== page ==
Paul Bunyan has dozens of towns vying for being considered his home: the above mentioned Bemidji, Brainerd, Shelton, and Westwood; and Bay City, Michigan, where several authors, including James Stevens and D. Laurence Rogers, have traced the tales to the exploits of French Canadian lumberjack Fabian "Saginaw Joe" Fournier, 1845-1875. Fournier worked for the H.M. Loud Company in the Grayling, MI, area, 1865-1875, where MacGillivray later worked and apparently picked up the stories.


Recent fiction

Paul Bunyan makes an appearance in the Mars trilogy by Kim Stanley Robinson. He is the subject of a poem by Robert Frost called "Paul's Wife", found in New Hampshire Cover of Red Mars The Mars trilogy is a series of three science fiction novels by Kim Stanley Robinson, chronicling the settlement and terraforming of the planet Mars. ... Kim Stanley Robinson at the 63rd World Science Fiction Convention in Glasgow, August 2005 Kim Stanley Robinson (born March 23, 1952) is an American science fiction writer, probably best known for his award-winning Mars trilogy. ... Robert Frost Robert Lee Frost (March 26, 1874 – January 29, 1963) was an American poet. ...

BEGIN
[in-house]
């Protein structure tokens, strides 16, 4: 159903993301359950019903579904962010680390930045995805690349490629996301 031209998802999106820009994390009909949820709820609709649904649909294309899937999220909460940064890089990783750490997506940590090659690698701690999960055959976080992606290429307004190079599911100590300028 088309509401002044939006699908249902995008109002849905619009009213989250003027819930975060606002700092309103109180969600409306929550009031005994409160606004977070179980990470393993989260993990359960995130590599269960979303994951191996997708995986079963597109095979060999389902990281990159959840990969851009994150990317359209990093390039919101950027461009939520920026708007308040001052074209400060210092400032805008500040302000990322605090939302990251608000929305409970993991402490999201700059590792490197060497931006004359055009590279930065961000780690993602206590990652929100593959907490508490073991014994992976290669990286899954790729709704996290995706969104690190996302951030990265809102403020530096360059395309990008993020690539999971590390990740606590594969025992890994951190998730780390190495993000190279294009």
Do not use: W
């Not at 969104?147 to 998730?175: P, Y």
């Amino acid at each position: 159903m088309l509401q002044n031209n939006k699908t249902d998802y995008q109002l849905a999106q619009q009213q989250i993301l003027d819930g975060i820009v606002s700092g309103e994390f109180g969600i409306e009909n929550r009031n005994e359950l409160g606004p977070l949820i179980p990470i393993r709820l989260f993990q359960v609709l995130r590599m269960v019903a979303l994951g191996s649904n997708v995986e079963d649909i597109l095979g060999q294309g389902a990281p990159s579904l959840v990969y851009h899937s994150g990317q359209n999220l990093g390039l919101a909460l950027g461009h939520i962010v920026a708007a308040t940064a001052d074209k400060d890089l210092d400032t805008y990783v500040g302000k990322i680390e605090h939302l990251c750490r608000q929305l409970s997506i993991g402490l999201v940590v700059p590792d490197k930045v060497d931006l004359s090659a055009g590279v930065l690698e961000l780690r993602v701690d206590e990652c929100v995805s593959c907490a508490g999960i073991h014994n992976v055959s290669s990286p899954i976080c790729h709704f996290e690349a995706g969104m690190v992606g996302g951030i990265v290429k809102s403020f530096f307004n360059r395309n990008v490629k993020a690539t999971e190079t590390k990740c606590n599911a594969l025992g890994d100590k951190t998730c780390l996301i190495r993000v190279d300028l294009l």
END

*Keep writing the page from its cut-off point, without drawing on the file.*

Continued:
See also

Folklore is the body of verbal expressive culture, including tales, legends, oral history, proverbs, jokes, popular beliefs current among a particular population, comprising the oral tradition of that culture, subculture, or group. ... Fakelore is inauthentic, manufactured folklore which is created in the hope that it will be accepted as genuine and/or legitimate. ... The folklore of the United States, or American folklore, is the folk tradition which has evolved on the North American continent since Europeans arrived in the 16th century. ... Operation Paul Bunyan was a countermeasure taken by the United States Army Corps of Engineers in response to an attack by North Korean soldiers in the village of Panmunjeom within the Korean Demilitarized Zone. ... Paul Bunyans Axe is a traveling trophy, named after the mythical giant lumberjack Paul Bunyan, passed between the University of Minnesota (Gophers) and University of Wisconsin (Badgers) football teams, given annually to the winning team immediately upon the conclusion of the game. ... The Paul Bunyan-Governor of Michigan Trophy is a college rivalry trophy awarded to the winner of the annual American football game between the University of Michigan Wolverines and the Michigan State University Spartans. ... This is a list of famous people who either were born in Minnesota or spent some important time in Minnesota. ... Paul Bunyan was a choral operetta composed by Benjamin Britten with lyrics by W. H. Auden. ...

Other Big Men